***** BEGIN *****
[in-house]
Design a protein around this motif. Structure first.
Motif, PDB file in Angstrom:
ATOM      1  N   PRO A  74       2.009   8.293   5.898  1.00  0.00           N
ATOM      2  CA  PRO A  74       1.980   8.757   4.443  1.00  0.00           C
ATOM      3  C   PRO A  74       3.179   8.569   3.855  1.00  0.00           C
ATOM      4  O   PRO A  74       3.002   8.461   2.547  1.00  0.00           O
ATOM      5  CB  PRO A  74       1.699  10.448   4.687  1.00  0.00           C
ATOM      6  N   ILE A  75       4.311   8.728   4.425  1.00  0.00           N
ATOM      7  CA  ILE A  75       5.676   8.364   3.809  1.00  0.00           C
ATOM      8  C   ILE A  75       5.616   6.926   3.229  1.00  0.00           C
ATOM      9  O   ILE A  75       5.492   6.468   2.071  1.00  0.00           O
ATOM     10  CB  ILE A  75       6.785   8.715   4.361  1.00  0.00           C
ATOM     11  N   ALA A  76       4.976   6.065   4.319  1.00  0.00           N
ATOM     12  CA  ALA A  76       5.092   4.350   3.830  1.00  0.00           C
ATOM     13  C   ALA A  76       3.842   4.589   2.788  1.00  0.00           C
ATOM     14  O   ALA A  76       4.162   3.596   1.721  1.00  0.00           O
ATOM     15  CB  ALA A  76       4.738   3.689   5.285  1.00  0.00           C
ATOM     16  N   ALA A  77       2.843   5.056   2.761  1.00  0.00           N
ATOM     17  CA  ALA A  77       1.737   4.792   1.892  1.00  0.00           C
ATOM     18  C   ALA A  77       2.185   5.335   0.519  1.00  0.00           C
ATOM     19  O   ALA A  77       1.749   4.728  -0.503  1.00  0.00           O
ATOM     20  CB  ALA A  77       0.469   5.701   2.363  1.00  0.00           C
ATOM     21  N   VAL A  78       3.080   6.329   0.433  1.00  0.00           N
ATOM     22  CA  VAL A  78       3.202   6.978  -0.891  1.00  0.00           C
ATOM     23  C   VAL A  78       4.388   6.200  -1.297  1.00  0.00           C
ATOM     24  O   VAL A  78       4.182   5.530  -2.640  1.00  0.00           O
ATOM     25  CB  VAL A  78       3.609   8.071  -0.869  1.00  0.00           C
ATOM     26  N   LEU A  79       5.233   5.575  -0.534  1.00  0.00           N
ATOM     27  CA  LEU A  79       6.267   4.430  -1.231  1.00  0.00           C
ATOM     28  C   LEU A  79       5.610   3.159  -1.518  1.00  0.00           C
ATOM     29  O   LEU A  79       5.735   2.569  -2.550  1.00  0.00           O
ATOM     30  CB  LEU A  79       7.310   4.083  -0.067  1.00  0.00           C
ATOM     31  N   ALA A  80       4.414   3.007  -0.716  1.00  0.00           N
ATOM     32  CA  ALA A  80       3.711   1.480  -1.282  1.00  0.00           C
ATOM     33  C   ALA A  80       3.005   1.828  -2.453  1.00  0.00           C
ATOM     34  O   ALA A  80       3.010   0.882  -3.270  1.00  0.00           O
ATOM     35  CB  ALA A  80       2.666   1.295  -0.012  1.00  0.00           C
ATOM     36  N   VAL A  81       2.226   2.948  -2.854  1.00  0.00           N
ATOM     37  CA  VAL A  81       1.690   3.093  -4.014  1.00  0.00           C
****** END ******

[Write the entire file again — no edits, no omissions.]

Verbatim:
[in-house]
Design a protein around this motif. Structure first.
Motif, PDB file in Angstrom:
ATOM      1  N   PRO A  74       2.009   8.293   5.898  1.00  0.00           N
ATOM      2  CA  PRO A  74       1.980   8.757   4.443  1.00  0.00           C
ATOM      3  C   PRO A  74       3.179   8.569   3.855  1.00  0.00           C
ATOM      4  O   PRO A  74       3.002   8.461   2.547  1.00  0.00           O
ATOM      5  CB  PRO A  74       1.699  10.448   4.687  1.00  0.00           C
ATOM      6  N   ILE A  75       4.311   8.728   4.425  1.00  0.00           N
ATOM      7  CA  ILE A  75       5.676   8.364   3.809  1.00  0.00           C
ATOM      8  C   ILE A  75       5.616   6.926   3.229  1.00  0.00           C
ATOM      9  O   ILE A  75       5.492   6.468   2.071  1.00  0.00           O
ATOM     10  CB  ILE A  75       6.785   8.715   4.361  1.00  0.00           C
ATOM     11  N   ALA A  76       4.976   6.065   4.319  1.00  0.00           N
ATOM     12  CA  ALA A  76       5.092   4.350   3.830  1.00  0.00           C
ATOM     13  C   ALA A  76       3.842   4.589   2.788  1.00  0.00           C
ATOM     14  O   ALA A  76       4.162   3.596   1.721  1.00  0.00           O
ATOM     15  CB  ALA A  76       4.738   3.689   5.285  1.00  0.00           C
ATOM     16  N   ALA A  77       2.843   5.056   2.761  1.00  0.00           N
ATOM     17  CA  ALA A  77       1.737   4.792   1.892  1.00  0.00           C
ATOM     18  C   ALA A  77       2.185   5.335   0.519  1.00  0.00           C
ATOM     19  O   ALA A  77       1.749   4.728  -0.503  1.00  0.00           O
ATOM     20  CB  ALA A  77       0.469   5.701   2.363  1.00  0.00           C
ATOM     21  N   VAL A  78       3.080   6.329   0.433  1.00  0.00           N
ATOM     22  CA  VAL A  78       3.202   6.978  -0.891  1.00  0.00           C
ATOM     23  C   VAL A  78       4.388   6.200  -1.297  1.00  0.00           C
ATOM     24  O   VAL A  78       4.182   5.530  -2.640  1.00  0.00           O
ATOM     25  CB  VAL A  78       3.609   8.071  -0.869  1.00  0.00           C
ATOM     26  N   LEU A  79       5.233   5.575  -0.534  1.00  0.00           N
ATOM     27  CA  LEU A  79       6.267   4.430  -1.231  1.00  0.00           C
ATOM     28  C   LEU A  79       5.610   3.159  -1.518  1.00  0.00           C
ATOM     29  O   LEU A  79       5.735   2.569  -2.550  1.00  0.00           O
ATOM     30  CB  LEU A  79       7.310   4.083  -0.067  1.00  0.00           C
ATOM     31  N   ALA A  80       4.414   3.007  -0.716  1.00  0.00           N
ATOM     32  CA  ALA A  80       3.711   1.480  -1.282  1.00  0.00           C
ATOM     33  C   ALA A  80       3.005   1.828  -2.453  1.00  0.00           C
ATOM     34  O   ALA A  80       3.010   0.882  -3.270  1.00  0.00           O
ATOM     35  CB  ALA A  80       2.666   1.295  -0.012  1.00  0.00           C
ATOM     36  N   VAL A  81       2.226   2.948  -2.854  1.00  0.00           N
ATOM     37  CA  VAL A  81       1.690   3.093  -4.014  1.00  0.00           C